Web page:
THE BOTTOM END
At the time of this writing, the Specialty Equipment Market Association Show is happening in Las Vegas. This trade event has gone from the halls of Dodger Stadium in 1967 to a hella-huge convention that brings together aftermarket and original-equipment manufacturers, media, distributors, builders and installers, retailers, specialists, and more. If you don’t have credentials to attend, you really can’t imagine how boundless the SEMA Show really is.
In some respects, the modern SEMA
Show is where the present meets the past. The market for American muscle and hot rods is as robust as ever. Witness Mopar’s announcement of the Hellephant, a supercharged Gen III Hemi crate motor that produces 1,000 hp and 950 lb-ft of torque. It makes the original Elephant appear like a Slant Six. The 426ci engine consists of an all-aluminum block, plug-and-play electronics, an IHI supercharger, and forged internals—and it will run on 93-octane pump gas. LS who?
It really isn’t news that we currently live in a golden age of high performance. These days it is not unusual to find a car (even a sedan) that hits 60 in under four seconds, which is much faster than the Lamborghinis that plastered the wall of my bedroom three decades ago. Even Dodge’s top production vehicle, the Demon, has 840 hp on tap.
Back in 1970, which is generally considered the peak of the muscle car era, the top horsepower-producing engine delivered 450 gross on paper, which was likely around 350 net. Aside from safety advocates speaking out against the danger of irresponsible horsepower, everyone knew that the sky would come crashing down thanks to a combination of factors like insurance premiums, creeping emissions regulations, and an evolving market.
With all this crazy horsepower today, are we ripe for change once again? Maybe, but perhaps for a different reason.
The surface area of Earth is approximately 196,940,000 square miles of land and water. Mankind built boats, and then ships, to bring the world closer together. Horses and buggies refined the connection between people and land, with trains helping to boost commerce and personal transportation on a wider scale. In terms of communication, the Pony Express and the telegraph brought America’s expanding borders within a stone’s throw.
With the advent of the 20th century, automobiles and aircraft continued the trajectory in reaching all corners of the world. Then, towards the end of the 20th century, the Internet continued the globalization process that’s been trending for millennia.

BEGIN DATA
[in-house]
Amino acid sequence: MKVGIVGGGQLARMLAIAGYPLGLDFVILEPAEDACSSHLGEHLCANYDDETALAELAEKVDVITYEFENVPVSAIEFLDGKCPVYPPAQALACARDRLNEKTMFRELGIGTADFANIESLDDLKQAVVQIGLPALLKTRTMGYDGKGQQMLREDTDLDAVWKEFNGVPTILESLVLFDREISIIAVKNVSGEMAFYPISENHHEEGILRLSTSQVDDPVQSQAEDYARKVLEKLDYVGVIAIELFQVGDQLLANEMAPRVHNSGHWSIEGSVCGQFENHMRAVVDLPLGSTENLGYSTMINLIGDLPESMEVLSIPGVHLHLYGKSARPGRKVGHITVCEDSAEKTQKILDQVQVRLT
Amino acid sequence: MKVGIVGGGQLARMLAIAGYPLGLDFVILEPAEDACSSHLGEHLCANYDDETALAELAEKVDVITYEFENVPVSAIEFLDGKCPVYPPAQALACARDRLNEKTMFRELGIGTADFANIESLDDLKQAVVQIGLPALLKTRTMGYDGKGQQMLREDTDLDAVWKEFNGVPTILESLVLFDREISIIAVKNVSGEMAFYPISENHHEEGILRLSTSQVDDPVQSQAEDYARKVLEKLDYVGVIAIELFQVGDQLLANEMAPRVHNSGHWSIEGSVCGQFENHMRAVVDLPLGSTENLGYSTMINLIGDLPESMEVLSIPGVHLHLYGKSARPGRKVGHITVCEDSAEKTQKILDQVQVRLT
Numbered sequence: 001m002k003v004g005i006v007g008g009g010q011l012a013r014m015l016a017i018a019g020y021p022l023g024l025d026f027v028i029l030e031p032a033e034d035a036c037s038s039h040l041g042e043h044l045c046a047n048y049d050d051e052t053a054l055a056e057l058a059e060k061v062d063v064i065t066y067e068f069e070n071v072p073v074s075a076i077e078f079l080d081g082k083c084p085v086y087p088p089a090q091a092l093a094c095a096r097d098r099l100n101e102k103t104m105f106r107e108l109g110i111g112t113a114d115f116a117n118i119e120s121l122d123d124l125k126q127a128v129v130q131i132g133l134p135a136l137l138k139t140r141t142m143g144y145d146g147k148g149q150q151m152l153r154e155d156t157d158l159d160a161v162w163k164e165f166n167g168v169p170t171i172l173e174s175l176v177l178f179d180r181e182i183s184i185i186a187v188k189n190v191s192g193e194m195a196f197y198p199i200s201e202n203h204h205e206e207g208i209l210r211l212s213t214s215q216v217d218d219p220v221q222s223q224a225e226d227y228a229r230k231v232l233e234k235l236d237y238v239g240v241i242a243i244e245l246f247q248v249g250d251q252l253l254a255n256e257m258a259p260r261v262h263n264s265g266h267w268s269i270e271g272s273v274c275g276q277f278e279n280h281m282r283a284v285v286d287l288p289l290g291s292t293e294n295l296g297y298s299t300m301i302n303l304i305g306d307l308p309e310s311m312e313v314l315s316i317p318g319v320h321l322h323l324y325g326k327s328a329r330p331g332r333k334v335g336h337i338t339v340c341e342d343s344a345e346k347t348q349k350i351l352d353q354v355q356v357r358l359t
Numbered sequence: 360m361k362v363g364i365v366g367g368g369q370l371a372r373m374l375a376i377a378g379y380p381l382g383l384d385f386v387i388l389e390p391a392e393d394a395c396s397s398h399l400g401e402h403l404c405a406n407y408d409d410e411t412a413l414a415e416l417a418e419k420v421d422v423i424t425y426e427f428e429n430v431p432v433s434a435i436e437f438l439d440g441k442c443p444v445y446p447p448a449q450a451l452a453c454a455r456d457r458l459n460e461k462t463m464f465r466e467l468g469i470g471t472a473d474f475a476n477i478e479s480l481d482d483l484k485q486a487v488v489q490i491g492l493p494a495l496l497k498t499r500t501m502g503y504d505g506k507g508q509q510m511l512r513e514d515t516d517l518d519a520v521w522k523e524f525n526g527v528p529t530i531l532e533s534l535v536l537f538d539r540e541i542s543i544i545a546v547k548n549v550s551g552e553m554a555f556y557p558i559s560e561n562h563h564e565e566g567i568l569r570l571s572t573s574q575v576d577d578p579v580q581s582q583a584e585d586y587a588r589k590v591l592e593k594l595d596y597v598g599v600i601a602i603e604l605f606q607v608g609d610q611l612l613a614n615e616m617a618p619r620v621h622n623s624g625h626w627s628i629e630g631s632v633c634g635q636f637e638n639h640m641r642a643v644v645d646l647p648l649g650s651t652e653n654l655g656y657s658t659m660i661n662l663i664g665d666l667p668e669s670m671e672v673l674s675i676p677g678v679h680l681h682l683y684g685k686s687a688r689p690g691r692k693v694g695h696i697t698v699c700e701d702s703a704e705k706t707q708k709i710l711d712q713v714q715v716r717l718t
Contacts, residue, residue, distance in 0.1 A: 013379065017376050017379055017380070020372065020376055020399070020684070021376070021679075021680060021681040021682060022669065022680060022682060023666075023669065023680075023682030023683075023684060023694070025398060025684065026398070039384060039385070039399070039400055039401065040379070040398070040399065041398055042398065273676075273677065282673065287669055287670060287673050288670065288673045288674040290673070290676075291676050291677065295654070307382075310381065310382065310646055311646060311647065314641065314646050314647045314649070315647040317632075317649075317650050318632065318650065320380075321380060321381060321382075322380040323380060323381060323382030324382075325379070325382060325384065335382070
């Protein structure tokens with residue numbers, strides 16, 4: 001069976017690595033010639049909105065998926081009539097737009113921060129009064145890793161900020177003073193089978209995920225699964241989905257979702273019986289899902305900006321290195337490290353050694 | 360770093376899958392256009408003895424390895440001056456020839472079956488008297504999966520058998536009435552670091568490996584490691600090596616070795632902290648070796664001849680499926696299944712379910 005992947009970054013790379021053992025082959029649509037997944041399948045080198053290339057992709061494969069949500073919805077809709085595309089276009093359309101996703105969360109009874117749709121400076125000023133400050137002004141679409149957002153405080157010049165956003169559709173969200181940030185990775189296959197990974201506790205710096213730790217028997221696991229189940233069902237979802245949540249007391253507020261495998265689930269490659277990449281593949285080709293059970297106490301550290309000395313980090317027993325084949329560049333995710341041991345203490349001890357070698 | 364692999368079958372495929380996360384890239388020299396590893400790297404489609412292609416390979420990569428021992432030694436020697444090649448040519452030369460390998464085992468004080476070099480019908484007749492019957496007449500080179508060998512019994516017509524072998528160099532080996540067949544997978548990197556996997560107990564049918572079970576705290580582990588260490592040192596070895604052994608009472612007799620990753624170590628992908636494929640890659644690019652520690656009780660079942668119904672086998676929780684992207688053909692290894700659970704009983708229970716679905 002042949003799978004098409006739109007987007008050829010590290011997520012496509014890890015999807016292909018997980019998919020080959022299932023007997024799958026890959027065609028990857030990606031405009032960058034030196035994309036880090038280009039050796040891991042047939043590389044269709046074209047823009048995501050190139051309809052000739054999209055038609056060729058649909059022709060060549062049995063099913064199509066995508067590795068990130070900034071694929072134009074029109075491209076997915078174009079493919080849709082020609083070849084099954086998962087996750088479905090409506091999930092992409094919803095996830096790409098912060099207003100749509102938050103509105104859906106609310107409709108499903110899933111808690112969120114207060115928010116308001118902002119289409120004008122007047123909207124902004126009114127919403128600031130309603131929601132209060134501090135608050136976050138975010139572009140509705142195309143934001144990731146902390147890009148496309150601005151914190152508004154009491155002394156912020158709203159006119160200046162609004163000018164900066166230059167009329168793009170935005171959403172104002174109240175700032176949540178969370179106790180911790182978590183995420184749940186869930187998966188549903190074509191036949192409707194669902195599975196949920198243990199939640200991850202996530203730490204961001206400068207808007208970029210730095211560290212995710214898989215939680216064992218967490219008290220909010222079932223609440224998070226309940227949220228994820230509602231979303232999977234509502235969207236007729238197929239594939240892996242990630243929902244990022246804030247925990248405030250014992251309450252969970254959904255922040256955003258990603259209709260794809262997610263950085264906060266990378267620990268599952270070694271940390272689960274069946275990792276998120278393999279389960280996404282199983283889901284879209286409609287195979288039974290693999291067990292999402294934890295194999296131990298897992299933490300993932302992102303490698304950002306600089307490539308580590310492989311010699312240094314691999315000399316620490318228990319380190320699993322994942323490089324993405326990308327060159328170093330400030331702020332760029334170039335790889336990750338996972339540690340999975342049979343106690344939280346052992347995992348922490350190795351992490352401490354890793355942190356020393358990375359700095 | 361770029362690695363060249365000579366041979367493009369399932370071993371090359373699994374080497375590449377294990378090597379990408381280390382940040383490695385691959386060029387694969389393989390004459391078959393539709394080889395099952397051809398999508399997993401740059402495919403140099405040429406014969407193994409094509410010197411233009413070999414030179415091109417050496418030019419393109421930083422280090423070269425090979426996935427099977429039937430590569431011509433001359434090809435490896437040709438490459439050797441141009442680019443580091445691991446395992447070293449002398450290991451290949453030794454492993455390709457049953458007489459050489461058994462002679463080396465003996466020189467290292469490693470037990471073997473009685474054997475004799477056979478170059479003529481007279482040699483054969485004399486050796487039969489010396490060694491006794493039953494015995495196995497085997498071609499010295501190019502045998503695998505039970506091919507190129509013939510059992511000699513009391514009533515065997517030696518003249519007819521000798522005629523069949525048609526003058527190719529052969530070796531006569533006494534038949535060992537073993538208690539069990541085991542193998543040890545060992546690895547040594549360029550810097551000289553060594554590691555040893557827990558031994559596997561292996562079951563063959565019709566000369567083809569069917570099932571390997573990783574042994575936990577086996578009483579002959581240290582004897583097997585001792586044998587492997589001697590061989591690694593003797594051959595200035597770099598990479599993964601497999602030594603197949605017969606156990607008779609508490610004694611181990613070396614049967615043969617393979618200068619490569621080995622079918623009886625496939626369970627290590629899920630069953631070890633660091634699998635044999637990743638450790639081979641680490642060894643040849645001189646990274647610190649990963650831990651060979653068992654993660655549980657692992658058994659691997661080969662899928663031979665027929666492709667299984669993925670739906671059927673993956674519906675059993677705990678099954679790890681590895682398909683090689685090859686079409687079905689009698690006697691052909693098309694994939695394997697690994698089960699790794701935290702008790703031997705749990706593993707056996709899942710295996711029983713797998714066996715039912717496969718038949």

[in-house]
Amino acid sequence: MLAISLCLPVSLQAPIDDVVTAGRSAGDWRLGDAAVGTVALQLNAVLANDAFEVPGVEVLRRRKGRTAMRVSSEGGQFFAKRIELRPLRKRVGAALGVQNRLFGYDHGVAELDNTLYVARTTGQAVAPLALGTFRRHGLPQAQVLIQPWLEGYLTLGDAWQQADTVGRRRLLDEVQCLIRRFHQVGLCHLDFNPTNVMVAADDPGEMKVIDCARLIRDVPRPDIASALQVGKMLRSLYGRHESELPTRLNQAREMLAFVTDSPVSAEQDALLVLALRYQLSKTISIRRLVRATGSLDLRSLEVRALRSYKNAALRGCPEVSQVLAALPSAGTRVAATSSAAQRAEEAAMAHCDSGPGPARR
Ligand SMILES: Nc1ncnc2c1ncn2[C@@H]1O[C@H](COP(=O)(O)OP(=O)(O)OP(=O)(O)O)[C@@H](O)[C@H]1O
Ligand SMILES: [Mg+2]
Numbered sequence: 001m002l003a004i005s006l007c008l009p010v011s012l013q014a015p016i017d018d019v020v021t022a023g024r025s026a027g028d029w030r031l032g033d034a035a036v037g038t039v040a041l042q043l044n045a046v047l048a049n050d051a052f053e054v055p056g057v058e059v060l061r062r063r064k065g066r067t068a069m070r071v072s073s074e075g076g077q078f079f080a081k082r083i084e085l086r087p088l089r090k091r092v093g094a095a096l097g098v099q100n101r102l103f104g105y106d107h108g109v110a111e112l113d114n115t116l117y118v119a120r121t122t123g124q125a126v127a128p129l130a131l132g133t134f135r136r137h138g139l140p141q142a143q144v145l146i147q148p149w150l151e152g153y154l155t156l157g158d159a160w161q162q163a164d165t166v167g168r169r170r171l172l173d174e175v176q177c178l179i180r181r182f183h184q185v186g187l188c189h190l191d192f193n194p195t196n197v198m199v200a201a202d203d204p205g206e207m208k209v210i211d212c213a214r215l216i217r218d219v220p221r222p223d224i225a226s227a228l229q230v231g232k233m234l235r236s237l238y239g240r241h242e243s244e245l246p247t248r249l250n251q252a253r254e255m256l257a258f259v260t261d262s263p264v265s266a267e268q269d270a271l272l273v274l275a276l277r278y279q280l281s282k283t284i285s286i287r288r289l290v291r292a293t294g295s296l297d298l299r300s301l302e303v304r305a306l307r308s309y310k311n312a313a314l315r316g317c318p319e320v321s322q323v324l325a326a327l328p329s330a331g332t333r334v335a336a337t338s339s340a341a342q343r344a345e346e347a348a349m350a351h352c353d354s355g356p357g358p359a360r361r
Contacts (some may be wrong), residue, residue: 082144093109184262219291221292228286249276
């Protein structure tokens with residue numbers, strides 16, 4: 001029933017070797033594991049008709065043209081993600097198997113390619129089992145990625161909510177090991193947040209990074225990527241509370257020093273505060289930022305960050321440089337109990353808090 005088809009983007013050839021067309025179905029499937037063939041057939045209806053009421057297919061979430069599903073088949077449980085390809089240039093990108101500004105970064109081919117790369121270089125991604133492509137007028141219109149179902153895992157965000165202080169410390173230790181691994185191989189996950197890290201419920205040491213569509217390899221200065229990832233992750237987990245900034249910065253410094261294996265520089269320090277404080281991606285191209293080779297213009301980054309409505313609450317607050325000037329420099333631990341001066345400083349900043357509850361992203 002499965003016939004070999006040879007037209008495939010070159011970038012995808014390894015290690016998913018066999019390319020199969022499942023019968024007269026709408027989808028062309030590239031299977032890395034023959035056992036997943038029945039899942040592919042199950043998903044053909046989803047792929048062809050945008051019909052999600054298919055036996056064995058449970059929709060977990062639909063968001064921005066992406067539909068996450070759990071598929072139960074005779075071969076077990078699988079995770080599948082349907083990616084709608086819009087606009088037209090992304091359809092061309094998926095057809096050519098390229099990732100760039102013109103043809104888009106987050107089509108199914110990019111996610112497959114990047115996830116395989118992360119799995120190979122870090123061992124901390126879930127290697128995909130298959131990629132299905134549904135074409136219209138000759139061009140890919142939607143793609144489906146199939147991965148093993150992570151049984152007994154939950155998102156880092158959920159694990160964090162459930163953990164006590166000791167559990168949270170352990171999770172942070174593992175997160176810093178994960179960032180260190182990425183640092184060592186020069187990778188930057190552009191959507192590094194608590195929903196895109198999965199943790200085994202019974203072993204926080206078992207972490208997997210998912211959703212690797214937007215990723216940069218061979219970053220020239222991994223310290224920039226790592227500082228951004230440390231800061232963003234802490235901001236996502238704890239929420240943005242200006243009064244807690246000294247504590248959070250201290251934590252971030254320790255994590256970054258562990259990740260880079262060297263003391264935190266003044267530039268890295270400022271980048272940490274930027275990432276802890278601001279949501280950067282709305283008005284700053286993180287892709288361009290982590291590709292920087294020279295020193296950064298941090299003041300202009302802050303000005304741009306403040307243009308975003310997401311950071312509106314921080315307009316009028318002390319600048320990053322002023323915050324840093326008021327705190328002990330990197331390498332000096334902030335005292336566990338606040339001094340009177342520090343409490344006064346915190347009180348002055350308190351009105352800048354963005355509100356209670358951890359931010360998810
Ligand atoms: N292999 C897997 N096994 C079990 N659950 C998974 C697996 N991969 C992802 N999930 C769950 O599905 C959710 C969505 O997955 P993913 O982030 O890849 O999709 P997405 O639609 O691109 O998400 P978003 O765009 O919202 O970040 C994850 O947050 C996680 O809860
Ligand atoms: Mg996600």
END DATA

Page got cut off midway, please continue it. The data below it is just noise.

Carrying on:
When you first encountered the Internet, chances are it was like the Wild West, full of competing browsers and search engines until its growth settled on several definitive standards (much like any industry). The Internet was some newfangled way for people to connect with each other, on both personal and business levels. As hobbyists, it has improved the quality of our experience dramatically. The proliferation of information via a myriad of media has proven to be much more efficient than traditional newspapers, television, or periodicals, like this one, delivered by the postal service. Nonetheless, the atmosphere is such that it may be difficult to discern what’s good info and what’s not. In many ways, the Internet is still the Wild West.
Even our primary form of entertainment, television, has changed in this connected world. No longer do we have to plan around prime time scheduling to view our favorite shows, nor do we need to record a show so we won’t miss it. Today we can get our favorite shows on demand, some of which are not produced by any of the major networks or cable channels. The shows that proliferate on TV and other media have changed (don’t forget, there’s YouTube and this company’s own motortrend.com content), with reality TV shows going from a curiosity in the 1990s to mainstream guilty pleasures today. And before you poo-pooh the idea, don’t forget your favorite automotive show may be a reality show.
On Facebook or even your favorite forum, we can find ourselves sucked into a barrage of clickbait articles that pull us into arguments about the Top 10 fastest muscle cars, or the kinds of “Mustangs suck! Camaros rule!” threads that drag down our hobby experience. Clicks and followers (for some reason, we’re told that’s important) end up pushing our beloved cars into second-billing status.
Indeed, little care is considered for the integrity of the cars we love. This race to the bottom benefits neither you nor me. And we wonder why our youth doesn’t embrace the muscle car hobby. There has been a generational shift where young people modify what’s plentiful to them, which are often from another continent. That is, if they drive at all, as many teens no longer have an interest in obtaining a license.
So, has the interactive world truly improved the quality of our experience? Perhaps we can improve the quality of our interactions, and make the hobby more welcoming for all.
n The biggest enemy to 1,000 hp may be fellow hobbyists.